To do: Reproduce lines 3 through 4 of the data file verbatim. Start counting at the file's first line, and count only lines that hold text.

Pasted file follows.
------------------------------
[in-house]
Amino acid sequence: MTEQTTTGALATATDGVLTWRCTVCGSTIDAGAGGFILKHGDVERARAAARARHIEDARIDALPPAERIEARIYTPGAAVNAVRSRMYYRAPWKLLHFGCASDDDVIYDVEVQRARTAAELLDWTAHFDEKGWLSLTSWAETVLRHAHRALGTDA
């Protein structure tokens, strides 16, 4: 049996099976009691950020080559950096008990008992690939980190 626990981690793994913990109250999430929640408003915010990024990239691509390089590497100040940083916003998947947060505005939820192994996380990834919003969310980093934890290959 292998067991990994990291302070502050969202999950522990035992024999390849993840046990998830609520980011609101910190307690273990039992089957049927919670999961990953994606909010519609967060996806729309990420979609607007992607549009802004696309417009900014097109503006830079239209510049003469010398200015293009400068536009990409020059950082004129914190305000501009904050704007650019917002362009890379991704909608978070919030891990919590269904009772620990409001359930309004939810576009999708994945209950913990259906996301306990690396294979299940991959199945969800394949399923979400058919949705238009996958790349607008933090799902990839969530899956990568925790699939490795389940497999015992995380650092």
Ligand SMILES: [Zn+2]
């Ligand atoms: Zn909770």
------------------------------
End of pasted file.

């Protein structure tokens, strides 16, 4: 049996099976009691950020080559950096008990008992690939980190 626990981690793994913990109250999430929640408003915010990024990239691509390089590497100040940083916003998947947060505005939820192994996380990834919003969310980093934890290959 292998067991990994990291302070502050969202999950522990035992024999390849993840046990998830609520980011609101910190307690273990039992089957049927919670999961990953994606909010519609967060996806729309990420979609607007992607549009802004696309417009900014097109503006830079239209510049003469010398200015293009400068536009990409020059950082004129914190305000501009904050704007650019917002362009890379991704909608978070919030891990919590269904009772620990409001359930309004939810576009999708994945209950913990259906996301306990690396294979299940991959199945969800394949399923979400058919949705238009996958790349607008933090799902990839969530899956990568925790699939490795389940497999015992995380650092």
Ligand SMILES: [Zn+2]